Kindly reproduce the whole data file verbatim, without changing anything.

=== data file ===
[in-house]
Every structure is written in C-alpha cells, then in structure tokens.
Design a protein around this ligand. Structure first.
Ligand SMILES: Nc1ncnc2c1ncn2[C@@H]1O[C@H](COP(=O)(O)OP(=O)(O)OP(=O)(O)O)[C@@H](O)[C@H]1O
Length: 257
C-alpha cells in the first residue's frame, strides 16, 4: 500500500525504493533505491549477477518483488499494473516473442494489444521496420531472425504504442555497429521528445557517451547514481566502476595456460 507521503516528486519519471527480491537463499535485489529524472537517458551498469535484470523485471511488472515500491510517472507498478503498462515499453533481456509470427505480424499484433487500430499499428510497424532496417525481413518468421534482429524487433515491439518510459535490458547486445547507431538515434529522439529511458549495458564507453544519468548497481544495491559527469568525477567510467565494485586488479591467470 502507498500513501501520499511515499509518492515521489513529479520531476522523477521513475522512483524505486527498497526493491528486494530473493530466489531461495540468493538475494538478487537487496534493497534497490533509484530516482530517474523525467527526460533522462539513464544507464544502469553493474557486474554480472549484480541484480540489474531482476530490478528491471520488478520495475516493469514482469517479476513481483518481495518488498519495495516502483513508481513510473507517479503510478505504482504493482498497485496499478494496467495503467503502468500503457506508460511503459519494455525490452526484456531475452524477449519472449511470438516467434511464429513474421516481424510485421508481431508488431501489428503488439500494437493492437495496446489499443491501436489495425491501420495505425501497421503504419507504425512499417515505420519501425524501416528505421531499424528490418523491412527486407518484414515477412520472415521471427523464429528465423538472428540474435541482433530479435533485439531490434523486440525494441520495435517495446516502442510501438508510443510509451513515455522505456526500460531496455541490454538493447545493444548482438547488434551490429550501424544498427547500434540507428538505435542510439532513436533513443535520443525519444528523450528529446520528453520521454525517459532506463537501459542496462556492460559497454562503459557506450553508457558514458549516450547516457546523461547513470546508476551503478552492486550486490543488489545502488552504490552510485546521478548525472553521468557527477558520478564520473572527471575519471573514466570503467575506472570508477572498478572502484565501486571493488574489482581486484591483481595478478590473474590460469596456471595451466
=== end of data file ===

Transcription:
[in-house]
Every structure is written in C-alpha cells, then in structure tokens.
Design a protein around this ligand. Structure first.
Ligand SMILES: Nc1ncnc2c1ncn2[C@@H]1O[C@H](COP(=O)(O)OP(=O)(O)OP(=O)(O)O)[C@@H](O)[C@H]1O
Length: 257
C-alpha cells in the first residue's frame, strides 16, 4: 500500500525504493533505491549477477518483488499494473516473442494489444521496420531472425504504442555497429521528445557517451547514481566502476595456460 507521503516528486519519471527480491537463499535485489529524472537517458551498469535484470523485471511488472515500491510517472507498478503498462515499453533481456509470427505480424499484433487500430499499428510497424532496417525481413518468421534482429524487433515491439518510459535490458547486445547507431538515434529522439529511458549495458564507453544519468548497481544495491559527469568525477567510467565494485586488479591467470 502507498500513501501520499511515499509518492515521489513529479520531476522523477521513475522512483524505486527498497526493491528486494530473493530466489531461495540468493538475494538478487537487496534493497534497490533509484530516482530517474523525467527526460533522462539513464544507464544502469553493474557486474554480472549484480541484480540489474531482476530490478528491471520488478520495475516493469514482469517479476513481483518481495518488498519495495516502483513508481513510473507517479503510478505504482504493482498497485496499478494496467495503467503502468500503457506508460511503459519494455525490452526484456531475452524477449519472449511470438516467434511464429513474421516481424510485421508481431508488431501489428503488439500494437493492437495496446489499443491501436489495425491501420495505425501497421503504419507504425512499417515505420519501425524501416528505421531499424528490418523491412527486407518484414515477412520472415521471427523464429528465423538472428540474435541482433530479435533485439531490434523486440525494441520495435517495446516502442510501438508510443510509451513515455522505456526500460531496455541490454538493447545493444548482438547488434551490429550501424544498427547500434540507428538505435542510439532513436533513443535520443525519444528523450528529446520528453520521454525517459532506463537501459542496462556492460559497454562503459557506450553508457558514458549516450547516457546523461547513470546508476551503478552492486550486490543488489545502488552504490552510485546521478548525472553521468557527477558520478564520473572527471575519471573514466570503467575506472570508477572498478572502484565501486571493488574489482581486484591483481595478478590473474590460469596456471595451466